To Do or To Be – That is the Question

We are human-beings, not human-doings.

I heard this in an online class by Jen Pastiloff, a yoga teacher and author. The phrase has been on my mind lately as I’ve found myself frustrated, easily irritated. Struggling to figure out exactly what it is that irks me. And as it often goes I had a lightbulb moment while journaling, so here it goes:

I am sick of hearing how much people have achieved from their to-do lists and how productive their days have been. Social media doesn’t help, be that instagram or WhatsApp. It’s hard to share how you feel, it’s so much easier to share what you’re doing and what you’ve achieved.

“Hey, how are you doing today?”
“Great! I’ve achieved loads today. I’ve taken the dog out on a walk, and I’ve baked banana bread, and I’ve prepped dinner, and I’ve applied for a job and I went to a photoshoot, and packed all the Christmas presents and made all the decorations and applied for a job and saved a pigeon and it’s only 1pm! How about you, how are you doing today?”
“Erm… I’m great too, thanks.”

I do feel overwhelmed by all the doing that happens around me and when I wake up and think of “all the things I should to do” I feel paralysed, drowning in a sea of doing. I’ve realised that for as long as I keep putting other people’s doings on a pedestal, I need to step away from it all. The moment I direct my attention to how I’m feeling I realise I feel good, content even. I don’t need to be in the race of doing just now. It’s winter and it’s cold and it’s dark and the world is upside down and nothing is like it used to be and it’s so strange yet here we all are, human beings, living and being and carrying on. For as long as doing gets me down, it can wait, just being is enough.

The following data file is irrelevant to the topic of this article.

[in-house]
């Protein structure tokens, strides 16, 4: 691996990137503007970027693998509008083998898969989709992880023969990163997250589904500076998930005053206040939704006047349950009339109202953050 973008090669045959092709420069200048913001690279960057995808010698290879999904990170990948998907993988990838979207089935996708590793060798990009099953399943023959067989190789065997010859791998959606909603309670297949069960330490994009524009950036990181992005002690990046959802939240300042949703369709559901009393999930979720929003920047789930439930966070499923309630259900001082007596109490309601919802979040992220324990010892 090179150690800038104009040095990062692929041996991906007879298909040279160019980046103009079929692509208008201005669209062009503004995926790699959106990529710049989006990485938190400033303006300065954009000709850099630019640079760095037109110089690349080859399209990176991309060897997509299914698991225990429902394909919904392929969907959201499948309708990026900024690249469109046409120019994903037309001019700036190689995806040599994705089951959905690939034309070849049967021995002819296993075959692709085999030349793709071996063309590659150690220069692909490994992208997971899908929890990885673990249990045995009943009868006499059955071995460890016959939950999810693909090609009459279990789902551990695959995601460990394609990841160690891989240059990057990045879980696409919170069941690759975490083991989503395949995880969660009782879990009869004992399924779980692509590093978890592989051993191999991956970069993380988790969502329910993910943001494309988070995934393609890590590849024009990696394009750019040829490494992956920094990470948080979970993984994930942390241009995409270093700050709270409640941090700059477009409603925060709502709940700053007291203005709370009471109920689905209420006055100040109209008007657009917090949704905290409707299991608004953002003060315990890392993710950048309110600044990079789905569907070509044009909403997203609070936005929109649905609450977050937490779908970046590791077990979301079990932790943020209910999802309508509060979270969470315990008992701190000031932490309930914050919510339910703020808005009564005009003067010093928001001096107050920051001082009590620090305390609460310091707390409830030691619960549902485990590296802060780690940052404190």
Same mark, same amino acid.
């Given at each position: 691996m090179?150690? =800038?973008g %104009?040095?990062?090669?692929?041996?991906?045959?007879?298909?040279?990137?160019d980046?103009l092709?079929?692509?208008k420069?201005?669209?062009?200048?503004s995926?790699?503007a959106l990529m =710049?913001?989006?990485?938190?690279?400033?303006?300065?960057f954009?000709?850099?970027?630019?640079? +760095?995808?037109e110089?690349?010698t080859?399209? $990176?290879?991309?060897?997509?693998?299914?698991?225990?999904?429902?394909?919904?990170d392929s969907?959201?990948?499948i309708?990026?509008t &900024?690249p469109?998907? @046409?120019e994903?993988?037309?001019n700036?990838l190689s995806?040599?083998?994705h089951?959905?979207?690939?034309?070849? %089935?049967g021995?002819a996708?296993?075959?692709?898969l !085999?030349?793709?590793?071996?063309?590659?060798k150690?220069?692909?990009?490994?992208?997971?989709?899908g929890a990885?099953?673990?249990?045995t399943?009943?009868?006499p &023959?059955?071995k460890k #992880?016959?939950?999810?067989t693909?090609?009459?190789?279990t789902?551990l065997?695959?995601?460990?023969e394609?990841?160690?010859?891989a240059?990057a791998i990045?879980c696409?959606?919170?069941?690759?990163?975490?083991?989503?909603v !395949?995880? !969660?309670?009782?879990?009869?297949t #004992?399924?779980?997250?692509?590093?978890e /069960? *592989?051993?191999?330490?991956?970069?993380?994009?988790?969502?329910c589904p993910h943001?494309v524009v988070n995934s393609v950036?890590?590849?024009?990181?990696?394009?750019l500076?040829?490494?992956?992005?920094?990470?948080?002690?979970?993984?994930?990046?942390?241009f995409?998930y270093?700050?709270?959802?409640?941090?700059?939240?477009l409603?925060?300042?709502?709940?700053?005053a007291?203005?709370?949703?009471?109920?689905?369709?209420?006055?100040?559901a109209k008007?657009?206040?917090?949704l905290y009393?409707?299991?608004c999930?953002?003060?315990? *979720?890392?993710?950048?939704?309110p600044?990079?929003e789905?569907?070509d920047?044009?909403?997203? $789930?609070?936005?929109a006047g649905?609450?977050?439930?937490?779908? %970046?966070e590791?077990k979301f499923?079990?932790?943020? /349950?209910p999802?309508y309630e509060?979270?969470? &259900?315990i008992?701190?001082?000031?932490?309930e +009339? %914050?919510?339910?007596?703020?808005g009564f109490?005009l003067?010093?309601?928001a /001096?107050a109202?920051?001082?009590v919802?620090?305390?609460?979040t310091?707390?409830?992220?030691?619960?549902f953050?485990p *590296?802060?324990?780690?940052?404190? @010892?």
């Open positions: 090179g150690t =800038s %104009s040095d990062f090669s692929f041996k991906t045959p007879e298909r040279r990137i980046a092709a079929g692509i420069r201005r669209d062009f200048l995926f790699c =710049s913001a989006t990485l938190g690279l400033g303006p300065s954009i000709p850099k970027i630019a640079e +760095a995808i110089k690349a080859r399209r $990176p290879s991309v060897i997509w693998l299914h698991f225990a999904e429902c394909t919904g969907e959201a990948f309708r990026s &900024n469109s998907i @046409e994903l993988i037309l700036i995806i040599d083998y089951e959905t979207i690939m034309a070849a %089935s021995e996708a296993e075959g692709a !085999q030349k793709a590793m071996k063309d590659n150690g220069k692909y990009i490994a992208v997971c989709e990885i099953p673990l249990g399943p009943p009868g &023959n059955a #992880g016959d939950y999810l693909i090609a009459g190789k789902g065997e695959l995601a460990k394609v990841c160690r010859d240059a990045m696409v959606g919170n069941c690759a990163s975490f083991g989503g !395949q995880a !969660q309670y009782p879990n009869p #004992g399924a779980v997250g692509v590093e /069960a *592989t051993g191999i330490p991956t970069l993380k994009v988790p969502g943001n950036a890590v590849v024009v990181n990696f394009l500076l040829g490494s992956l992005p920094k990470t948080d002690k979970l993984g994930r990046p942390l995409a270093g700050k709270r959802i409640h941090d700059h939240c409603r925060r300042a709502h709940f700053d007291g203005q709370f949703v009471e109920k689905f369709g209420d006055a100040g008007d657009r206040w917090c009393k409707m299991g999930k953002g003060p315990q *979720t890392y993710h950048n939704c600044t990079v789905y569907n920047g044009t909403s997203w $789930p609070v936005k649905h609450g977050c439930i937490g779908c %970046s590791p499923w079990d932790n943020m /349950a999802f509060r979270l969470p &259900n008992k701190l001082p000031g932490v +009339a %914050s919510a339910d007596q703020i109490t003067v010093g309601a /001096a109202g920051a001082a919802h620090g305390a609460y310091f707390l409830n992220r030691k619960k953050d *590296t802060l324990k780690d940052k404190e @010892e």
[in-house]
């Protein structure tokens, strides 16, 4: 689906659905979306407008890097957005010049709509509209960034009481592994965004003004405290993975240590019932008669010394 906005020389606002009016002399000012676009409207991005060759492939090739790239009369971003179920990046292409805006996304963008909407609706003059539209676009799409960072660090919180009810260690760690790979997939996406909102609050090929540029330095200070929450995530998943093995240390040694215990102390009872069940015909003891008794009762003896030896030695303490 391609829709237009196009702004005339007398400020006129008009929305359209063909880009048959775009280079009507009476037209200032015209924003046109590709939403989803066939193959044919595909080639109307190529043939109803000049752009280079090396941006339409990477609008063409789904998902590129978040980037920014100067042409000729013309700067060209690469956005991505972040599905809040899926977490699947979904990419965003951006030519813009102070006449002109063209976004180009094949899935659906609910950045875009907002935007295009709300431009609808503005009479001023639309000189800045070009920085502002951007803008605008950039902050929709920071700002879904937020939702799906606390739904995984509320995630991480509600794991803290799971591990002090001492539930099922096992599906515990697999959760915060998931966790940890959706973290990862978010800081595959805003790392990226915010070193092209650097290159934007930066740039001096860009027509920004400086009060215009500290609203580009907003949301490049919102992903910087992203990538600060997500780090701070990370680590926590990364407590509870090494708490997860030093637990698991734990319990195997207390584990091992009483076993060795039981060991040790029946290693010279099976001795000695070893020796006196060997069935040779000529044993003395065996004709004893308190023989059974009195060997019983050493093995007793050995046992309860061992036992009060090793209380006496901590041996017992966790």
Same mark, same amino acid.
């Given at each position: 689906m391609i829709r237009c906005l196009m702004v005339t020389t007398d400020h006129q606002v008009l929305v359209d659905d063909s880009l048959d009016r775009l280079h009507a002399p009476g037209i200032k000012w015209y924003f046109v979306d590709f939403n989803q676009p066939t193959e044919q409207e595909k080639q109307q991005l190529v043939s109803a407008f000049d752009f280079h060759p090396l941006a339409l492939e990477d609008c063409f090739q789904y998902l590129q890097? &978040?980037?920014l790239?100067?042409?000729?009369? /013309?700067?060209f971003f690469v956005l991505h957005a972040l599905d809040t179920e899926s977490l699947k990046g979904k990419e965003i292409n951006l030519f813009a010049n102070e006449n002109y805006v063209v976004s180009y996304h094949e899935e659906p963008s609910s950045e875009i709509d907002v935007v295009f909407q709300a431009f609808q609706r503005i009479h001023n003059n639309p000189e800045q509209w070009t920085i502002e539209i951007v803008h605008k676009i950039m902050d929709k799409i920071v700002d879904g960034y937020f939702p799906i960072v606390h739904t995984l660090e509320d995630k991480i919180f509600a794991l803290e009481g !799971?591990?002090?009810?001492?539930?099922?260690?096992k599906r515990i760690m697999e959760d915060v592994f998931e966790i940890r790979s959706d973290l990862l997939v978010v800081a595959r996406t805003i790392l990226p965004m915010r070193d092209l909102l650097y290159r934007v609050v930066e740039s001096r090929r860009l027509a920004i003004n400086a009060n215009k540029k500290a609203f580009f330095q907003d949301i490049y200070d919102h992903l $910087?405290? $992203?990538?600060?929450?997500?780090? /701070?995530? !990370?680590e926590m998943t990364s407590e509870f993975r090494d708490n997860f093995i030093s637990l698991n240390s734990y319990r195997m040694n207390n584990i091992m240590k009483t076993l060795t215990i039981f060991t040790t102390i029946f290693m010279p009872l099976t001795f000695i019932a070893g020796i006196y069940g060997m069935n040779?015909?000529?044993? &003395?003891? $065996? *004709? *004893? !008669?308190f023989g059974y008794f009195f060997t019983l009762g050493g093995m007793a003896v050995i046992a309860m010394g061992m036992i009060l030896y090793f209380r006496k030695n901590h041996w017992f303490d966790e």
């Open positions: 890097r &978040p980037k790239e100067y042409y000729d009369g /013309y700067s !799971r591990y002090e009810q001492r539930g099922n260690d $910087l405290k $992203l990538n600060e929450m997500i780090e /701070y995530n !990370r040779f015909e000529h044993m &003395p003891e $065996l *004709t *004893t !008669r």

Maybe this isn’t you, but it’s me and so that means it’s someone else out there too and this is for you. I don’t care what you have or haven’t done today, tell me how you feel. 

(None of this is a criticism on people who are doing and what they are doing. One human’s realisation isn’t a criticism of another.)

Image courtesy of Emma Matthews.

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